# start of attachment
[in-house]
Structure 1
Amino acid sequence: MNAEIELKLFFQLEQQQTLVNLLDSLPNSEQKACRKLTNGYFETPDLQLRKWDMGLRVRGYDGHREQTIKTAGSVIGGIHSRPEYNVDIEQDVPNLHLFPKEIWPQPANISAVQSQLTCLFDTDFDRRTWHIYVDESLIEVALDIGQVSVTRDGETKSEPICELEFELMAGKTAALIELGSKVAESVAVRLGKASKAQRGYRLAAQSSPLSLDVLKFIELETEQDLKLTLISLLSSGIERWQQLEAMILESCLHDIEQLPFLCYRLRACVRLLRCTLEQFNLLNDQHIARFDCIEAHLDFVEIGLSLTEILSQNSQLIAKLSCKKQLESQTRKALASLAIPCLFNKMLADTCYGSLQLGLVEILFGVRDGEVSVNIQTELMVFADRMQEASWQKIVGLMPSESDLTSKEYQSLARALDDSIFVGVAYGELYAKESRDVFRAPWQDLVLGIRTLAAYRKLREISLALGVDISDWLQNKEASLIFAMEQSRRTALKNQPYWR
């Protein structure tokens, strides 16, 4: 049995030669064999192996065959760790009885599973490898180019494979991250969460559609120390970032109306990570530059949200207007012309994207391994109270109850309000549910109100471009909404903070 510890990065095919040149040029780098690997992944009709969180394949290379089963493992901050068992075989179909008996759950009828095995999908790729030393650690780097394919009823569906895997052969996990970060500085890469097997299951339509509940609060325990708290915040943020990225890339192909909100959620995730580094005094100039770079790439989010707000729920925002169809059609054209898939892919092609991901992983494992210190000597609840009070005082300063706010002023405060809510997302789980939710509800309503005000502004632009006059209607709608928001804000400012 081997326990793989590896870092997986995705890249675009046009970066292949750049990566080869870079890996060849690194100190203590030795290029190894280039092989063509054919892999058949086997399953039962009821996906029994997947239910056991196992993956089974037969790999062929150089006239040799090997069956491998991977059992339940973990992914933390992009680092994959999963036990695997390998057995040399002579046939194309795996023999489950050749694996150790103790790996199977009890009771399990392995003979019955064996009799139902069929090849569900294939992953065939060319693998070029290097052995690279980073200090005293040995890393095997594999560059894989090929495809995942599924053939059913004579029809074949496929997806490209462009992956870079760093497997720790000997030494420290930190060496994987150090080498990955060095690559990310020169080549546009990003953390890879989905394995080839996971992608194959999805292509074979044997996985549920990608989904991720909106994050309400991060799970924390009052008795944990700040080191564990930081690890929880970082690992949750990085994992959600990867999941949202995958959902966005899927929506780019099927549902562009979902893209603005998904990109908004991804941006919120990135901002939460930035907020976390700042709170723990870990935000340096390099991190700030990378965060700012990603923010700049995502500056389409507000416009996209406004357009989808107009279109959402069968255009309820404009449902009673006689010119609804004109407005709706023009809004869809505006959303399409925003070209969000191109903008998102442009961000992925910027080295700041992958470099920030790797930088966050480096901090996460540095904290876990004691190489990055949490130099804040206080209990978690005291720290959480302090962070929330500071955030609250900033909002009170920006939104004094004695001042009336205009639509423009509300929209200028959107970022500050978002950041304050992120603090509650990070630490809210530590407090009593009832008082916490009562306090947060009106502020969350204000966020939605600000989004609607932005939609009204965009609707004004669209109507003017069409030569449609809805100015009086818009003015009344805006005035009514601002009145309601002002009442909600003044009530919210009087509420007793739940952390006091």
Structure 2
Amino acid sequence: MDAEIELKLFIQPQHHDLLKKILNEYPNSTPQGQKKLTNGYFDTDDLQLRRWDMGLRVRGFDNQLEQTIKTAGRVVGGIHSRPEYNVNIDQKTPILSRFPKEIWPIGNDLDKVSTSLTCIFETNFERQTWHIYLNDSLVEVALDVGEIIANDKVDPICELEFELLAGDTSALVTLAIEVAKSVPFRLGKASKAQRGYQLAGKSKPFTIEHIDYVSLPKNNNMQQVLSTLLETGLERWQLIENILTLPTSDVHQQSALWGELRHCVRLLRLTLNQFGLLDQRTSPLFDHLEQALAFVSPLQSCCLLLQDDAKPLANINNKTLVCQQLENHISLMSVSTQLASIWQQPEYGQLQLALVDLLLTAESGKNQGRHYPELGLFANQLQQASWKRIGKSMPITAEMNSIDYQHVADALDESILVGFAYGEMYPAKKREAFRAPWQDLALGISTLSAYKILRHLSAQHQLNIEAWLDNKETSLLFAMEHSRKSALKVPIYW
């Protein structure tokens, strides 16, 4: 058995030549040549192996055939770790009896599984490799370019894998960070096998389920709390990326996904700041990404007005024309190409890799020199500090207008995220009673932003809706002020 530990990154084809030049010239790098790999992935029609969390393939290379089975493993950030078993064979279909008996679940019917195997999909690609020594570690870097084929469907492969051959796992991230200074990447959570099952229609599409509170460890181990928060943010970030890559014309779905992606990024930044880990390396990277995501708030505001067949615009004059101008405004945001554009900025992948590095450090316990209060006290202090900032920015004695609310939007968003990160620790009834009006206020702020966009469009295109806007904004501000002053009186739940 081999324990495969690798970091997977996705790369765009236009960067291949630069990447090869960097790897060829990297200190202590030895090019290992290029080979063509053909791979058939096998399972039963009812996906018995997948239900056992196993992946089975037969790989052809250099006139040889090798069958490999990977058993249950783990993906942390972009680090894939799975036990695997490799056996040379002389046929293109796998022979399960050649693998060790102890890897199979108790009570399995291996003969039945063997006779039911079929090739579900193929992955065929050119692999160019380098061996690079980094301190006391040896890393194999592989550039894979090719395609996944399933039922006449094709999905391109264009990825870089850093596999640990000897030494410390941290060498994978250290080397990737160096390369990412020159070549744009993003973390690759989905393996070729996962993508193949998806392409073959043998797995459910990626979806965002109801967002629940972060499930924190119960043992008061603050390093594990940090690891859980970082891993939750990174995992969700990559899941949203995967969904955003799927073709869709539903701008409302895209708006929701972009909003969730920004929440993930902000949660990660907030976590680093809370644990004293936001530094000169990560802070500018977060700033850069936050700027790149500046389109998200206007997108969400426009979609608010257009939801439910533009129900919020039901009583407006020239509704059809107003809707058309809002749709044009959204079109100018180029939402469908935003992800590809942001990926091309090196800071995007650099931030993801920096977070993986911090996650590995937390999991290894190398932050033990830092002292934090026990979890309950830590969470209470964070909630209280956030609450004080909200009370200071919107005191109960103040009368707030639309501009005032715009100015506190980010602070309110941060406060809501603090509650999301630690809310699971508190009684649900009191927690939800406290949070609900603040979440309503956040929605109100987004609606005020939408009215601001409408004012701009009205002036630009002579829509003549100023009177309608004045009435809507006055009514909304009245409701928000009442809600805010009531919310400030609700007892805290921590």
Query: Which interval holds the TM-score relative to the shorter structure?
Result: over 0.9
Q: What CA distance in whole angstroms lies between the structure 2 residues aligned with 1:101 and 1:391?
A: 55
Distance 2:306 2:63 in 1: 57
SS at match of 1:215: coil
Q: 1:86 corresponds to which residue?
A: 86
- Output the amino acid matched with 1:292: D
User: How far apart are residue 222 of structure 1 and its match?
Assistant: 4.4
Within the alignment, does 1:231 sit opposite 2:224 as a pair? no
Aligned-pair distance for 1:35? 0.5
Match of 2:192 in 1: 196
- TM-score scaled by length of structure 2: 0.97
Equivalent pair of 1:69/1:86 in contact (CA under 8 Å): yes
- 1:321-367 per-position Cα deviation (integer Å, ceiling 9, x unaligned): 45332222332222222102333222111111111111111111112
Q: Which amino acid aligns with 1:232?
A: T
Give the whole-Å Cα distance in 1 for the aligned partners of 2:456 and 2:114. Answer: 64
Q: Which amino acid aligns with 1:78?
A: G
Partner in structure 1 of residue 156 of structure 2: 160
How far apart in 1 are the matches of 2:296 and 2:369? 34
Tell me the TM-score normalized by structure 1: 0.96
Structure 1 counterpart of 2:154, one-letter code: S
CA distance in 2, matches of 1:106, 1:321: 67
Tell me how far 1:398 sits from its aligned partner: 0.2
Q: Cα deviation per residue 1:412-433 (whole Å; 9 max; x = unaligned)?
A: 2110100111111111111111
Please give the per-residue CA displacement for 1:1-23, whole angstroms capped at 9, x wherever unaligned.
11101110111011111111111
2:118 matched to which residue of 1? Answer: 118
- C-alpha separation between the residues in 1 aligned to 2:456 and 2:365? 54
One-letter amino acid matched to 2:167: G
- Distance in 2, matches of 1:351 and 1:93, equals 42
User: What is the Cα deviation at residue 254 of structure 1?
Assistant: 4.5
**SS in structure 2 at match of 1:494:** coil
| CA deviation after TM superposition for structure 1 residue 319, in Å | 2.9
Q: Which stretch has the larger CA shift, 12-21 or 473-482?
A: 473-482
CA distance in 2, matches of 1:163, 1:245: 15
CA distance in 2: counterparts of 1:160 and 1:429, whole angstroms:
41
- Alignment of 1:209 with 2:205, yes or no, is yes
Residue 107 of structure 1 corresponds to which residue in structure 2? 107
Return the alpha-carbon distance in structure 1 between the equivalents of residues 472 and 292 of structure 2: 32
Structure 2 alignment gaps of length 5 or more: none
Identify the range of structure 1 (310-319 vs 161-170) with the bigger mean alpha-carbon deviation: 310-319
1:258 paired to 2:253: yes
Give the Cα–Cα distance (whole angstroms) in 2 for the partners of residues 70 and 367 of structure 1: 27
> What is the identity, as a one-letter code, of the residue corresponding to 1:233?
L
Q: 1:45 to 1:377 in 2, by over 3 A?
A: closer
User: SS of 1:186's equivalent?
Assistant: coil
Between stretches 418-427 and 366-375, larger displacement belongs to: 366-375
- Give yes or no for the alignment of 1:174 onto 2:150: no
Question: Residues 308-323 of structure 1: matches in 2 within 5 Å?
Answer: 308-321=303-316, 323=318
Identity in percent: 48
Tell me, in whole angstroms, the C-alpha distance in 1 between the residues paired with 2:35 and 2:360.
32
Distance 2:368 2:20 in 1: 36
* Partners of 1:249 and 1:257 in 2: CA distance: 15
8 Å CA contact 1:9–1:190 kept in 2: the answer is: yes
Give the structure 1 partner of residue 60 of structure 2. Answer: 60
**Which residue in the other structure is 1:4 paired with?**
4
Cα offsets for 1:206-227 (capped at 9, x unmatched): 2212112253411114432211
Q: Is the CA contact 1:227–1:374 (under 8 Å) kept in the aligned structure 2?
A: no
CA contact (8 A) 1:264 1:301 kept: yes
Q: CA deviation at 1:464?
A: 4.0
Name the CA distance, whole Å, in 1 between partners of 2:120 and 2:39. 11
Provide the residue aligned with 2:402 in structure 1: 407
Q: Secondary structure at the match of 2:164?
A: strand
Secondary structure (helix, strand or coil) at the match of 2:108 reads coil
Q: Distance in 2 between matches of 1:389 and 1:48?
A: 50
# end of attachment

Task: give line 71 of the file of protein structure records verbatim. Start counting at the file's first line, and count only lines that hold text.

Tell me, in whole angstroms, the C-alpha distance in 1 between the residues paired with 2:35 and 2:360.